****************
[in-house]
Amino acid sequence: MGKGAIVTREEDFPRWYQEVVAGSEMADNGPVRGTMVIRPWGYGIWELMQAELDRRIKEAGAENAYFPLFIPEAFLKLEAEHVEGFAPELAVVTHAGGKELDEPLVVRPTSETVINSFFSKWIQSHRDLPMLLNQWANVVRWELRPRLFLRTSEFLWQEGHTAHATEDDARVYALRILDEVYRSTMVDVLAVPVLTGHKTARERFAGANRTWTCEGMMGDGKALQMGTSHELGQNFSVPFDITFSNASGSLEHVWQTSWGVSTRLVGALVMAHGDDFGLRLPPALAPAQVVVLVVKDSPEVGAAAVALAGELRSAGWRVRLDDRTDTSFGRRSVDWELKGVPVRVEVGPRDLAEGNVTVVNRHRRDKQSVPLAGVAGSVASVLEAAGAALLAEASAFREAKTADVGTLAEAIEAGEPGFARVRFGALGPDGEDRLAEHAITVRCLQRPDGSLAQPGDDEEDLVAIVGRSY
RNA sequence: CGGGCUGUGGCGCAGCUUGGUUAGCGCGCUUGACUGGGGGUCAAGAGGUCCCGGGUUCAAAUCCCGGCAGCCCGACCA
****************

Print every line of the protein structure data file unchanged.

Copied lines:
[in-house]
Amino acid sequence: MGKGAIVTREEDFPRWYQEVVAGSEMADNGPVRGTMVIRPWGYGIWELMQAELDRRIKEAGAENAYFPLFIPEAFLKLEAEHVEGFAPELAVVTHAGGKELDEPLVVRPTSETVINSFFSKWIQSHRDLPMLLNQWANVVRWELRPRLFLRTSEFLWQEGHTAHATEDDARVYALRILDEVYRSTMVDVLAVPVLTGHKTARERFAGANRTWTCEGMMGDGKALQMGTSHELGQNFSVPFDITFSNASGSLEHVWQTSWGVSTRLVGALVMAHGDDFGLRLPPALAPAQVVVLVVKDSPEVGAAAVALAGELRSAGWRVRLDDRTDTSFGRRSVDWELKGVPVRVEVGPRDLAEGNVTVVNRHRRDKQSVPLAGVAGSVASVLEAAGAALLAEASAFREAKTADVGTLAEAIEAGEPGFARVRFGALGPDGEDRLAEHAITVRCLQRPDGSLAQPGDDEEDLVAIVGRSY
RNA sequence: CGGGCUGUGGCGCAGCUUGGUUAGCGCGCUUGACUGGGGGUCAAGAGGUCCCGGGUUCAAAUCCCGGCAGCCCGACCA